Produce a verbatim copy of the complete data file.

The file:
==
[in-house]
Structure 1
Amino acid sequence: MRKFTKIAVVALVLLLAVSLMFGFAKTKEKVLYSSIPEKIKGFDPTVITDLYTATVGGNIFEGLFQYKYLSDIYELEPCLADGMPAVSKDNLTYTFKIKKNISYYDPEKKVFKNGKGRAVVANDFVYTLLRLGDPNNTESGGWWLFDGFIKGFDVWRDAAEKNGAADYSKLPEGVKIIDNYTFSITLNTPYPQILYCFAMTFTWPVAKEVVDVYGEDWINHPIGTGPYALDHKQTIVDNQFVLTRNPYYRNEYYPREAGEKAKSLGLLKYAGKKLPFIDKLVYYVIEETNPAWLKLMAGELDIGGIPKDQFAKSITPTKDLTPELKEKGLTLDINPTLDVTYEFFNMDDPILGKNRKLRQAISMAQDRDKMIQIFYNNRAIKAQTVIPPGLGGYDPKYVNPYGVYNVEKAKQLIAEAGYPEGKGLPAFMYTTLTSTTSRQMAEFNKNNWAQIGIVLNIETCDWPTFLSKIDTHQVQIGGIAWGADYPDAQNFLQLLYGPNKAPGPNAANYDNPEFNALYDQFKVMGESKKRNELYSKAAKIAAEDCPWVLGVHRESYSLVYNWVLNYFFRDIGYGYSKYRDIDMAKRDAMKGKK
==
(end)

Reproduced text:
[in-house]
Structure 1
Amino acid sequence: MRKFTKIAVVALVLLLAVSLMFGFAKTKEKVLYSSIPEKIKGFDPTVITDLYTATVGGNIFEGLFQYKYLSDIYELEPCLADGMPAVSKDNLTYTFKIKKNISYYDPEKKVFKNGKGRAVVANDFVYTLLRLGDPNNTESGGWWLFDGFIKGFDVWRDAAEKNGAADYSKLPEGVKIIDNYTFSITLNTPYPQILYCFAMTFTWPVAKEVVDVYGEDWINHPIGTGPYALDHKQTIVDNQFVLTRNPYYRNEYYPREAGEKAKSLGLLKYAGKKLPFIDKLVYYVIEETNPAWLKLMAGELDIGGIPKDQFAKSITPTKDLTPELKEKGLTLDINPTLDVTYEFFNMDDPILGKNRKLRQAISMAQDRDKMIQIFYNNRAIKAQTVIPPGLGGYDPKYVNPYGVYNVEKAKQLIAEAGYPEGKGLPAFMYTTLTSTTSRQMAEFNKNNWAQIGIVLNIETCDWPTFLSKIDTHQVQIGGIAWGADYPDAQNFLQLLYGPNKAPGPNAANYDNPEFNALYDQFKVMGESKKRNELYSKAAKIAAEDCPWVLGVHRESYSLVYNWVLNYFFRDIGYGYSKYRDIDMAKRDAMKGKK